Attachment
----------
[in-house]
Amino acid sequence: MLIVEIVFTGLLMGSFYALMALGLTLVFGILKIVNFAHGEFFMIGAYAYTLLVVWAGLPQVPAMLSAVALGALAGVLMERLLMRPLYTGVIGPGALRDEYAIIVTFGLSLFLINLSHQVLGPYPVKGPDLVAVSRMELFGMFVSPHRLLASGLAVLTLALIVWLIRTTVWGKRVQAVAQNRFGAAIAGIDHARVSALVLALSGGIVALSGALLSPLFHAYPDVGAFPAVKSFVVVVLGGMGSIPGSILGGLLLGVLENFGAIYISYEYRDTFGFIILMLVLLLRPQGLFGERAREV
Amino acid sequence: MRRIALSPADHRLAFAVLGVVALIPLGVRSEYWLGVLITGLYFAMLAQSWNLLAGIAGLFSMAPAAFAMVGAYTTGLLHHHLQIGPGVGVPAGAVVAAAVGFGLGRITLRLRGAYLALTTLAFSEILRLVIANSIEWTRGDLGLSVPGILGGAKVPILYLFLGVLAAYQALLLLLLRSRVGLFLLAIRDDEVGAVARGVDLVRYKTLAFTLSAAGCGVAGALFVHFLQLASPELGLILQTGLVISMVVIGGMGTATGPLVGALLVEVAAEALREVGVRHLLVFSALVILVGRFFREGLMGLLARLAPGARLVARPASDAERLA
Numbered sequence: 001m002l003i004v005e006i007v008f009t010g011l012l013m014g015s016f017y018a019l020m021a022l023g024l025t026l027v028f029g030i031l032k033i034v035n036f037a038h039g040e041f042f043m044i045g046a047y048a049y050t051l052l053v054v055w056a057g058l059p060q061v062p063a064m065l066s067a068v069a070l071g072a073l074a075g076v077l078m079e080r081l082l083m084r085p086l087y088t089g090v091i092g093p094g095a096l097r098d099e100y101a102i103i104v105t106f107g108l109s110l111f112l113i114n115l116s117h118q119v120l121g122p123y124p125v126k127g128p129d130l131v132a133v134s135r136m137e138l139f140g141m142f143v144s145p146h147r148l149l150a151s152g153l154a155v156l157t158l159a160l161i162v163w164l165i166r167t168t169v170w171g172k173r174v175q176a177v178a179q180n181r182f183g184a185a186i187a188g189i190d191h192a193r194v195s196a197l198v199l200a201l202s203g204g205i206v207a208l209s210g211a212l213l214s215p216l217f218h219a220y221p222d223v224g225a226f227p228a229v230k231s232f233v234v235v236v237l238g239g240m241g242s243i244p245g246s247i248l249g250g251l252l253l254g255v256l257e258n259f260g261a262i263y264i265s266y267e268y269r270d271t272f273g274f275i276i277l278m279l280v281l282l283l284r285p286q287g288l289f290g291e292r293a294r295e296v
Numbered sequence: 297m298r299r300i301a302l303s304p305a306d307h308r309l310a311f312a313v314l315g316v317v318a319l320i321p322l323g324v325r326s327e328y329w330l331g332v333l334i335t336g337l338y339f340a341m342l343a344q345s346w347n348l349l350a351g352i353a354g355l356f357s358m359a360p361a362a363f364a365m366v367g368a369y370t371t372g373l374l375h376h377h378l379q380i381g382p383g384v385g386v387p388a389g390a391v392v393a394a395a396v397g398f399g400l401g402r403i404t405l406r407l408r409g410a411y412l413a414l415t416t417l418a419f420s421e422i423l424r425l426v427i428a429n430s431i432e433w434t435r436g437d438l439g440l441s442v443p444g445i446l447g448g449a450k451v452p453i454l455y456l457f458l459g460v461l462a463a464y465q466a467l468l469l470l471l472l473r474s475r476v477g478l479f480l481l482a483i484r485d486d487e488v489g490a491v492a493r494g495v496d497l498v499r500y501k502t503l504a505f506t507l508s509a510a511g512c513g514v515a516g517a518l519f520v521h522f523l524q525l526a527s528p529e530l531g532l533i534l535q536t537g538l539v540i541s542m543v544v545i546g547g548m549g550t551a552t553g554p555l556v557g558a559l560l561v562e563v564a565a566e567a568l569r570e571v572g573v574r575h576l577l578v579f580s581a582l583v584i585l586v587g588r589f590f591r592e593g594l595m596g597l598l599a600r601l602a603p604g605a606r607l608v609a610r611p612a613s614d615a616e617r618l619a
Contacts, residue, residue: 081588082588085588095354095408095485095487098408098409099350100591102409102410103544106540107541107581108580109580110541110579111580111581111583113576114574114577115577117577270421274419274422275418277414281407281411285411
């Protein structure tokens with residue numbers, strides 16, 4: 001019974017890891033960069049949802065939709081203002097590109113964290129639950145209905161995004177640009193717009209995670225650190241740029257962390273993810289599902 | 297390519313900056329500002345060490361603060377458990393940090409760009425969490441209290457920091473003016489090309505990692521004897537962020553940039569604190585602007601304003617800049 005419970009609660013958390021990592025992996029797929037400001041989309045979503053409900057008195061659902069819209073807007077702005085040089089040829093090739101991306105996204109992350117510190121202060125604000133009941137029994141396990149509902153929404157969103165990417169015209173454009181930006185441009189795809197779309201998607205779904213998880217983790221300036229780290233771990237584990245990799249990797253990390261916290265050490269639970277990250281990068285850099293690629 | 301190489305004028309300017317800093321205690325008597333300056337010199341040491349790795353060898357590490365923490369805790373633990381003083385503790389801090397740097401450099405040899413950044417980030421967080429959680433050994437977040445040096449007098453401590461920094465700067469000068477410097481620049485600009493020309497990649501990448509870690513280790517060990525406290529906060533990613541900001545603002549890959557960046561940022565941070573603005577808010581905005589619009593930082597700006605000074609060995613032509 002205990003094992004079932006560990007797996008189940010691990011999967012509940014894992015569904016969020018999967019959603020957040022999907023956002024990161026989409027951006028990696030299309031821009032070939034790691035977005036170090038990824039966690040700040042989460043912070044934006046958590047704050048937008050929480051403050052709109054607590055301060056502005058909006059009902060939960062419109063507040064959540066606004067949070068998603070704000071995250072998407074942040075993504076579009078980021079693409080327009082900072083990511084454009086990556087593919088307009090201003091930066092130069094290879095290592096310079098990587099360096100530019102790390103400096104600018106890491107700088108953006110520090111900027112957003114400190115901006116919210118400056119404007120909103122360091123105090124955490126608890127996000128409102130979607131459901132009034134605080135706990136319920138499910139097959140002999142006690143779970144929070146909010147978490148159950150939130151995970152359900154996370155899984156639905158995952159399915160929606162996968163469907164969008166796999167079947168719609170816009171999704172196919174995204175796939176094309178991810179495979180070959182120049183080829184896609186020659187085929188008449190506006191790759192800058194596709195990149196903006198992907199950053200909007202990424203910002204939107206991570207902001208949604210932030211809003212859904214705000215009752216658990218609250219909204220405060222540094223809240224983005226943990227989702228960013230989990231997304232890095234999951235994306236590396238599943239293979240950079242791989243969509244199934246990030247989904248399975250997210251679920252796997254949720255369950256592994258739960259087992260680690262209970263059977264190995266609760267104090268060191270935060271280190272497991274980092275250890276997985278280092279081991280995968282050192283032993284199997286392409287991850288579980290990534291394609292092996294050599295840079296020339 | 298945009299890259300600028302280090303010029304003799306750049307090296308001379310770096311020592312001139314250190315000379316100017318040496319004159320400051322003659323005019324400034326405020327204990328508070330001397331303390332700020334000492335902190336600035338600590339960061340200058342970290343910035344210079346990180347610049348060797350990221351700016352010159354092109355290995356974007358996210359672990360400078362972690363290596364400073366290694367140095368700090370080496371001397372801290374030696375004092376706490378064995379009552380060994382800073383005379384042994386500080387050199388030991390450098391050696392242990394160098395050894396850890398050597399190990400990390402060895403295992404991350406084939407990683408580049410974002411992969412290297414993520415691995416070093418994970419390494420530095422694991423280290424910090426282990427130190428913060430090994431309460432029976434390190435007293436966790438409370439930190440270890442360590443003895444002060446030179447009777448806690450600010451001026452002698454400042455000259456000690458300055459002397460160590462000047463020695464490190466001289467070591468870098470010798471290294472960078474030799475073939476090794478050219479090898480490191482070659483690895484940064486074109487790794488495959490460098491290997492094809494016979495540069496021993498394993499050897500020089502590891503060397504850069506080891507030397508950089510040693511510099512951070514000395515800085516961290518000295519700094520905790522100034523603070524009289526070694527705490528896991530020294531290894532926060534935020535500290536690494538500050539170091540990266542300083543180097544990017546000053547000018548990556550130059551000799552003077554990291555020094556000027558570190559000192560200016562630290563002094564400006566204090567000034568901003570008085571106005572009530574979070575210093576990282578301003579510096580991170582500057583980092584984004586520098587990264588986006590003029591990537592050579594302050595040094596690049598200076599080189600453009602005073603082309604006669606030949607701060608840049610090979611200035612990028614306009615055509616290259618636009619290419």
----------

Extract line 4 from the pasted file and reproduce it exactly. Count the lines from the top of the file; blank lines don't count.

Numbered sequence: 001m002l003i004v005e006i007v008f009t010g011l012l013m014g015s016f017y018a019l020m021a022l023g024l025t026l027v028f029g030i031l032k033i034v035n036f037a038h039g040e041f042f043m044i045g046a047y048a049y050t051l052l053v054v055w056a057g058l059p060q061v062p063a064m065l066s067a068v069a070l071g072a073l074a075g076v077l078m079e080r081l082l083m084r085p086l087y088t089g090v091i092g093p094g095a096l097r098d099e100y101a102i103i104v105t106f107g108l109s110l111f112l113i114n115l116s117h118q119v120l121g122p123y124p125v126k127g128p129d130l131v132a133v134s135r136m137e138l139f140g141m142f143v144s145p146h147r148l149l150a151s152g153l154a155v156l157t158l159a160l161i162v163w164l165i166r167t168t169v170w171g172k173r174v175q176a177v178a179q180n181r182f183g184a185a186i187a188g189i190d191h192a193r194v195s196a197l198v199l200a201l202s203g204g205i206v207a208l209s210g211a212l213l214s215p216l217f218h219a220y221p222d223v224g225a226f227p228a229v230k231s232f233v234v235v236v237l238g239g240m241g242s243i244p245g246s247i248l249g250g251l252l253l254g255v256l257e258n259f260g261a262i263y264i265s266y267e268y269r270d271t272f273g274f275i276i277l278m279l280v281l282l283l284r285p286q287g288l289f290g291e292r293a294r295e296v